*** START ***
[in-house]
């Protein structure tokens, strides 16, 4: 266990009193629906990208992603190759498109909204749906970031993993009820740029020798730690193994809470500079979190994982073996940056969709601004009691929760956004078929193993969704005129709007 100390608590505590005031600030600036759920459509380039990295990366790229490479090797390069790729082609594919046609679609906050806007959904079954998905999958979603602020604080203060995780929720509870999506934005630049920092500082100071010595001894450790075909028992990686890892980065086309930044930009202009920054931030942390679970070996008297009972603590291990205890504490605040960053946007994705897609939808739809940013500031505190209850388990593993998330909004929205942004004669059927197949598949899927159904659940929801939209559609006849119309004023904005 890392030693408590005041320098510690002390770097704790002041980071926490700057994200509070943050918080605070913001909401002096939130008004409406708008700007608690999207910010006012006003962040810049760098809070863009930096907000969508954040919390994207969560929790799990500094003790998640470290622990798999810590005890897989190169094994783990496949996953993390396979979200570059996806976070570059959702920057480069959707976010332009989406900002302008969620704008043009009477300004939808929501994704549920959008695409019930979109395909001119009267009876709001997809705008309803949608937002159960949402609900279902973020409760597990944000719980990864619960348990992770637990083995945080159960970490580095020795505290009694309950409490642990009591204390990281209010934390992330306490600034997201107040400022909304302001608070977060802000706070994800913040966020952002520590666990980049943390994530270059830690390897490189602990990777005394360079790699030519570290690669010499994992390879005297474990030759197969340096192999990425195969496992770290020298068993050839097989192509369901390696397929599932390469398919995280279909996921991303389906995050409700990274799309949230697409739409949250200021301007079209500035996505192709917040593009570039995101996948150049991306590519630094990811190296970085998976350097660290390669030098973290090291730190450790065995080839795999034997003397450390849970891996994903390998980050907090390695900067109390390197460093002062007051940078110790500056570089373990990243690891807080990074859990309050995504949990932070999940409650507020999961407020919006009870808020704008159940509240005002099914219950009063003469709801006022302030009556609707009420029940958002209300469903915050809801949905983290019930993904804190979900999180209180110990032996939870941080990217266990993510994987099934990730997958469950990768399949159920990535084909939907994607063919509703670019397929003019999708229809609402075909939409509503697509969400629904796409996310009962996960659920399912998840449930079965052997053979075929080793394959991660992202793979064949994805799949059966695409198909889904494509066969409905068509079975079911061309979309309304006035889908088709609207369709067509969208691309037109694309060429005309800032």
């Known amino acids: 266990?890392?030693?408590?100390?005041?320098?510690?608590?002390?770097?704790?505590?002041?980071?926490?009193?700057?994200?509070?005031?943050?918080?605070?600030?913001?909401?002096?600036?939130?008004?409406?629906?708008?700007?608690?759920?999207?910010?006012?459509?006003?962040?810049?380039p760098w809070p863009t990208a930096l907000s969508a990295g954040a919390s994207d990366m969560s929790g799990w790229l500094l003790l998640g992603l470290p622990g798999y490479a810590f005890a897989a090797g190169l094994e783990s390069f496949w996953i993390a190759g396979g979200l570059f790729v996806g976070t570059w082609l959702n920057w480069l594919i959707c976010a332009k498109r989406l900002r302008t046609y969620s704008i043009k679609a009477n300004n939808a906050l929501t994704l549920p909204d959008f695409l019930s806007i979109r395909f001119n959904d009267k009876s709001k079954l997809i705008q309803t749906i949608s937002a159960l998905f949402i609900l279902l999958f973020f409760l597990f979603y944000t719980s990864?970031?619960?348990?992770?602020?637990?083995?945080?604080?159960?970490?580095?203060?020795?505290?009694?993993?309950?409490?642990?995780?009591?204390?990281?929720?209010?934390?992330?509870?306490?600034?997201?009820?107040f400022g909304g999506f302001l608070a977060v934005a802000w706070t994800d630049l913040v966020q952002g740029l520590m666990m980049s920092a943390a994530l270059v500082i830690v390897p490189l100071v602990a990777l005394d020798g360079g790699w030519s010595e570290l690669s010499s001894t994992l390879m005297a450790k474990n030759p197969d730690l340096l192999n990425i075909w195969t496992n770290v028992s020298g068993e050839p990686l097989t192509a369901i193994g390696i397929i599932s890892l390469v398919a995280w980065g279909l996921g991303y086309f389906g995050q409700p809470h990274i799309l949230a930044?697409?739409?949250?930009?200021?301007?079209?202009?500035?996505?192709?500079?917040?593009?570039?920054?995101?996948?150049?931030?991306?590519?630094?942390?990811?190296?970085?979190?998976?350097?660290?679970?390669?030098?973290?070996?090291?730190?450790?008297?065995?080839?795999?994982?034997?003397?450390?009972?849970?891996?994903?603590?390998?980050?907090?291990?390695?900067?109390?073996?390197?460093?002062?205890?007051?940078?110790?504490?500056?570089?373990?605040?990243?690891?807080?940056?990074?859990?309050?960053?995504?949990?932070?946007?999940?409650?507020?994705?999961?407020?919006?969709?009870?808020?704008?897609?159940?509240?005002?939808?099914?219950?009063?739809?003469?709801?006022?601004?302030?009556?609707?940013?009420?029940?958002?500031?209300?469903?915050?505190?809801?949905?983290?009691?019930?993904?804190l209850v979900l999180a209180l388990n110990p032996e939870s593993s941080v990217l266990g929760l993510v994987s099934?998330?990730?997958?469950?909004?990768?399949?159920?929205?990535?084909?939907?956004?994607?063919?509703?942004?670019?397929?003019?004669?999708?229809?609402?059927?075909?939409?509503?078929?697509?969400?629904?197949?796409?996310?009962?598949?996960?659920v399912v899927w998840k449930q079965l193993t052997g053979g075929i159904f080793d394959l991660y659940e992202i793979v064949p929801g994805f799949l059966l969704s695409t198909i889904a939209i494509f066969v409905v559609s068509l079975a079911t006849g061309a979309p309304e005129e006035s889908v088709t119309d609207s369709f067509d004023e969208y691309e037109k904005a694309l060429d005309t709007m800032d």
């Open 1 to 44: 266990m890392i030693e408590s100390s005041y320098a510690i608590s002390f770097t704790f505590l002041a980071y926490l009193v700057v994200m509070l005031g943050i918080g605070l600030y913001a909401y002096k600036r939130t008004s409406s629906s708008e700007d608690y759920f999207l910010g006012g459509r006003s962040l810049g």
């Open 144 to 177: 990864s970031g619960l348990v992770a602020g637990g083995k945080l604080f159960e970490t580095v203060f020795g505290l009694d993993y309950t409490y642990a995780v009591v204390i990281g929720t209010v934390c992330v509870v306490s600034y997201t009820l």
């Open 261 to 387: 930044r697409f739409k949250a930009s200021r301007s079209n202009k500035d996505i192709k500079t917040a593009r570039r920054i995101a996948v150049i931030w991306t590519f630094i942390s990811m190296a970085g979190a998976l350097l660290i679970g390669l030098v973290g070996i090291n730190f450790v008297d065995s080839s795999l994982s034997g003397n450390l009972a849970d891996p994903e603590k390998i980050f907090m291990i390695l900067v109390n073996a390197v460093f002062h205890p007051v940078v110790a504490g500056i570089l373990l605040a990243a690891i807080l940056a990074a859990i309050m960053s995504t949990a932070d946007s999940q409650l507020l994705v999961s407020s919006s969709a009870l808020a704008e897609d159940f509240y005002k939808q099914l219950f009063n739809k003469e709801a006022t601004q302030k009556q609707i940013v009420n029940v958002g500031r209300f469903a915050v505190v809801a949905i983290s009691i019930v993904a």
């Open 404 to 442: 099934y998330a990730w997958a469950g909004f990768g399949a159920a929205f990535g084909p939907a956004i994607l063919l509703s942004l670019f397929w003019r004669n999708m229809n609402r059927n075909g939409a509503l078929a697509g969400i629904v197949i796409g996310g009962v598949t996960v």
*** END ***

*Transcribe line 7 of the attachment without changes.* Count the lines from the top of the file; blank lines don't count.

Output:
């Open 404 to 442: 099934y998330a990730w997958a469950g909004f990768g399949a159920a929205f990535g084909p939907a956004i994607l063919l509703s942004l670019f397929w003019r004669n999708m229809n609402r059927n075909g939409a509503l078929a697509g969400i629904v197949i796409g996310g009962v598949t996960v």